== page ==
For the first time since the controversy erupted on the national scene, President Barack Obama weighed in on the killing of Trayvon Martin, calling it a tragedy, urging cooperation among law enforcement and declaring that "some soul searching" was needed throughout the country.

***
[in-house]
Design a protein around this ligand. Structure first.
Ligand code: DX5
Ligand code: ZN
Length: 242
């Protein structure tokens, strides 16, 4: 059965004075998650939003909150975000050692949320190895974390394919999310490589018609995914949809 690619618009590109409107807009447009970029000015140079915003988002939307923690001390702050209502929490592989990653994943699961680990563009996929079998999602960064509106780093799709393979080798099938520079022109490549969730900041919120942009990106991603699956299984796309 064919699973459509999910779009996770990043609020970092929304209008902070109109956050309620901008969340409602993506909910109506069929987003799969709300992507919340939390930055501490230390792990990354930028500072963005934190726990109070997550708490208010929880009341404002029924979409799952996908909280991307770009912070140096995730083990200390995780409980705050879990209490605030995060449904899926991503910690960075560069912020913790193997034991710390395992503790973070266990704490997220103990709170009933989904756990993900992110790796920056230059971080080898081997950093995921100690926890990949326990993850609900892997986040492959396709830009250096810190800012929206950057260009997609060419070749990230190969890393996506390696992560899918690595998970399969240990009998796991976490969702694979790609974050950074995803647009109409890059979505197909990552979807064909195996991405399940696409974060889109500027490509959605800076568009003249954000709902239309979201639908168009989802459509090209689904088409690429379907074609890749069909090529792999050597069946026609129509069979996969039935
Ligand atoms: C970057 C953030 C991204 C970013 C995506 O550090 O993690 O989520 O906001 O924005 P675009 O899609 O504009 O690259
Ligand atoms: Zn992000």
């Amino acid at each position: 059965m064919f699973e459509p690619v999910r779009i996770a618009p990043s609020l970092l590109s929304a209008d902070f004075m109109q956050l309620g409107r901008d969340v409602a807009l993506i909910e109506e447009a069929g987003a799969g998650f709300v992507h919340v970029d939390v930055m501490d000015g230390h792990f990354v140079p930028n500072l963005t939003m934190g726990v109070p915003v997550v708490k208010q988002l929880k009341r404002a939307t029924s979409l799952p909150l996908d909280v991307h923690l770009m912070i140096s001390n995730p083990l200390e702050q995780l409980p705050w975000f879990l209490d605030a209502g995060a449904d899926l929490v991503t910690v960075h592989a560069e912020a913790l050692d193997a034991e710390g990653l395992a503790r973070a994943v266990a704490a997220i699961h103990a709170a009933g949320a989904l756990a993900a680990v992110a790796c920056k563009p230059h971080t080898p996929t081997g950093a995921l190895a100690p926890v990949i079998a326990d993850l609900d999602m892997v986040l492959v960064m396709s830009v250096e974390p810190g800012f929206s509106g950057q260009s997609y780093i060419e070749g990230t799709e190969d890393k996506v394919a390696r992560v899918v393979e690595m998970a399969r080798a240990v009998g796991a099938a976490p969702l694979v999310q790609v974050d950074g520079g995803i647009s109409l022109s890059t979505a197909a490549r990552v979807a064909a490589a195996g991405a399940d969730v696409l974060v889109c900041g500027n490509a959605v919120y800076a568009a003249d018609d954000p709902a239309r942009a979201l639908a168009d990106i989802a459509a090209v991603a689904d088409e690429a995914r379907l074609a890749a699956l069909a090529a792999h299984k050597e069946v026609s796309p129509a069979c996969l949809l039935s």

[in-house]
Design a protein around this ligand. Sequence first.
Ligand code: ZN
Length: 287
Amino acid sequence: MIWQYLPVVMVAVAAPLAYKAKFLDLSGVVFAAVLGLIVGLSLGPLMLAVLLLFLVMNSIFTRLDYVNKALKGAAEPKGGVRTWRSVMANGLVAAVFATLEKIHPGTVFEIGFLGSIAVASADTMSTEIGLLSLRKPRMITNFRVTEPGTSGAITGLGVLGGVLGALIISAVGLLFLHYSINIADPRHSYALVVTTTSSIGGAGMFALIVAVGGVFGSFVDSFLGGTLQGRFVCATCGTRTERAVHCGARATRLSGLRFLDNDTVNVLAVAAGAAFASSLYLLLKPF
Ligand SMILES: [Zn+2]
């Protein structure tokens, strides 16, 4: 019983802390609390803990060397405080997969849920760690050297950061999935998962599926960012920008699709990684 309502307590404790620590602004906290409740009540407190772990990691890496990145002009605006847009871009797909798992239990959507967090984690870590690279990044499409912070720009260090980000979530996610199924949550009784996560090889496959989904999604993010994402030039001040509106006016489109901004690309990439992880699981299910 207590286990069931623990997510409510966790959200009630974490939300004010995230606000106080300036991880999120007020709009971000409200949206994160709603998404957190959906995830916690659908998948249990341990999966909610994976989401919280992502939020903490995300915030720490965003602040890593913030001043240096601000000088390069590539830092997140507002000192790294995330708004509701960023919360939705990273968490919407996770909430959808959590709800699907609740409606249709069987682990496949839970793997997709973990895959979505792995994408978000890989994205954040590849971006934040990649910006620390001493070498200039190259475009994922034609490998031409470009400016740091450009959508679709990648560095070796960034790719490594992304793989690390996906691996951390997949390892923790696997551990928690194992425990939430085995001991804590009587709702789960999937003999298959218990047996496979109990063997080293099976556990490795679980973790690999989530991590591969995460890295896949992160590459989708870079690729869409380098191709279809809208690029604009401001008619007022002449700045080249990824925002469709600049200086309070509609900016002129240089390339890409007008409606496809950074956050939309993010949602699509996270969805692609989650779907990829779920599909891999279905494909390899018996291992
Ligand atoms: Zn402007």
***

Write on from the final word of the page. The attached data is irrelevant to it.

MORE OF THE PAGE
"If I had a son, he'd look like Trayvon," Obama said, underscoring how the issue affected him on a personal, and not just a political or legal, level. "I think [Trayvon's parents] are right to expect that all of us as Americans are going to take this with the seriousness it deserves, and we are going to get to the bottom of exactly what happened."The statement by Obama came after he introduced Dartmouth President Jim Kim to be the next head of the World Bank during an appearance in the Rose Garden. He took only one question before heading back into the West Wing -- signaling that both he and his press handlers were feeling pressure, coming from black activists and others, to make a public comment on the Martin case.